Sunday, October 21, 2007

Sex Sells


“Sex sells” has been a common theme in our society for some time now and it is illustrated throughout all of advertising. Models or people designated to represent products are chosen very purposefully and carefully. The purpose of the certain type of look the product’s advertisement is exemplifying is to show how the product should be perceived, such as sexy, masculine, feminine, or aiding in acquiring someone of the opposite sex. As best seen in magazine advertisements, women are used in male products to lure them into buying them for the reason of getting a girl who looks like the model in the advertisements and women are also used in female products to lure the women into buying them as a way to look like the model in the advertisement. Men are used in the same way to apply to the male and female consumer market. “Teen magazines make millions off of girls by assuming that girls need improving,” and this is the same principle used in advertisements. (Higginbotham 94) Women buy magazines in search of ways to improve themselves and they attempt to look like the models by using the products they advertise. Men on the other hand read magazines about such things as how to get women and therefore there are advertisements using men they would like to look like and women they would like to be with such as in the popular magazine Esquire which “has taken it as a given that the magazine would prominently feature erotically coded representations of women.” (Breazeale 235) Beauty, image, and body features are used in a myriad amount of advertisements and even the products that have nothing to do with sex are advertised with such things as sexy models. These products sell and continue to sell because the image of sex draws the attention of almost all consumers and gives them a reason to buy, proving that sex sells.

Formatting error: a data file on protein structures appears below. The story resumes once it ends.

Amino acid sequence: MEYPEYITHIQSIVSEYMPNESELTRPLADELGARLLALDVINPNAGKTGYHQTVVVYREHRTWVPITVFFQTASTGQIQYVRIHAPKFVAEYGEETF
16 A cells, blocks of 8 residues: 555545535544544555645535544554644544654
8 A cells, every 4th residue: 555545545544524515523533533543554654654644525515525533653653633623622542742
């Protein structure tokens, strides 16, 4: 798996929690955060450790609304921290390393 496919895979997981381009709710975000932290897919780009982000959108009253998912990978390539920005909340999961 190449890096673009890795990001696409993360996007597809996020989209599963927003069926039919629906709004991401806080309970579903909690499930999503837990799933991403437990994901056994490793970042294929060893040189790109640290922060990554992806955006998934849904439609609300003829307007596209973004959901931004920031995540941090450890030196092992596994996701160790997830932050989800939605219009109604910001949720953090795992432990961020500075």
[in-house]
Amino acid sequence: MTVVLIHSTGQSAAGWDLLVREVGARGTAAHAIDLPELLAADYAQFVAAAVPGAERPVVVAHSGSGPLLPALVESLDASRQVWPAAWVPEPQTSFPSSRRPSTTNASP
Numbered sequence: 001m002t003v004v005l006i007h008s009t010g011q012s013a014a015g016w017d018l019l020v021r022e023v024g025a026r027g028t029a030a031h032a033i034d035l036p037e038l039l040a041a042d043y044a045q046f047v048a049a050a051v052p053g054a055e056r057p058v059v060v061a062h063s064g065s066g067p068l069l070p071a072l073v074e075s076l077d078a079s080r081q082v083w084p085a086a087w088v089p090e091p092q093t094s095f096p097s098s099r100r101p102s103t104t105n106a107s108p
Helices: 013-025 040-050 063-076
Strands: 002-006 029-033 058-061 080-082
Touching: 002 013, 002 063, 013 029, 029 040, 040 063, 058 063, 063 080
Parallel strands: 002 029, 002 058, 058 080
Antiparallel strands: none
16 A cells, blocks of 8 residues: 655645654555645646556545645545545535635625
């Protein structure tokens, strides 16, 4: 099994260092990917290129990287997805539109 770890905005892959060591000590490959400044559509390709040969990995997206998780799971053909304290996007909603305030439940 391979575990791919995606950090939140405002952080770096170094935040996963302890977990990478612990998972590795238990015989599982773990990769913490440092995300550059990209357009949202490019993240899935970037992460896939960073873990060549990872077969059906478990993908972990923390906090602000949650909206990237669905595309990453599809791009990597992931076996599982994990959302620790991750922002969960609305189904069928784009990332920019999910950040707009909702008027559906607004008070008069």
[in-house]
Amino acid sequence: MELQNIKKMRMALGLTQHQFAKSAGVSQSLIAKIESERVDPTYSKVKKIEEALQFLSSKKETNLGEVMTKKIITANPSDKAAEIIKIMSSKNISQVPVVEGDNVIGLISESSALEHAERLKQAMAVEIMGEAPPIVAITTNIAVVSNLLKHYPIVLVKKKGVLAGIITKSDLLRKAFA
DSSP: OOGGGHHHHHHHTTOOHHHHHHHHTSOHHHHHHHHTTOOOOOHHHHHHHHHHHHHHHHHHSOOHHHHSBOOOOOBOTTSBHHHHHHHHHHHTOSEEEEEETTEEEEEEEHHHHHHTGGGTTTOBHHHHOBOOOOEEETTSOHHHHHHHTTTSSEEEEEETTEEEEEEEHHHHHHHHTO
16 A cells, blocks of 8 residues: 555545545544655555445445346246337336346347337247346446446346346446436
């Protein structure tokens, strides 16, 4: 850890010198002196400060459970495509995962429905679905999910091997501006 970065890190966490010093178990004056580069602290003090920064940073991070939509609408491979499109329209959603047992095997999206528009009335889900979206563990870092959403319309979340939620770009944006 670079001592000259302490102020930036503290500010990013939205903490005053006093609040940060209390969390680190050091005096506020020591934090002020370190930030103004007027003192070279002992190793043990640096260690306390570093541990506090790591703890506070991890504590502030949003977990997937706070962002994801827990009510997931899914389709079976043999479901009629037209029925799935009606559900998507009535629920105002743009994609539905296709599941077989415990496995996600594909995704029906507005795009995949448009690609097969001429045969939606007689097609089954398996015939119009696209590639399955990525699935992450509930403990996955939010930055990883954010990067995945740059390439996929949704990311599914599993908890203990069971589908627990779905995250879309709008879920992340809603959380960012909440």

References:
Breazeale, Kenon. "In Spite of Women." Gender, Race, and Class in Media Second Edition: 230-243
Higginbotham, Anastasia. "Teen Mags: How to Get a Guy, Drop 20 Pounds, and Lose Your Self-Esteem." Learning Gender: 93-96

2 comments:

Jessie said...

Nice Job with the collages and the post Adam!
See the rubric on SOCS (there should be a link when you check your grades for the course) for grade and assessment specifics :o)

-Jessie

http://genderpopculture.blogspot.com

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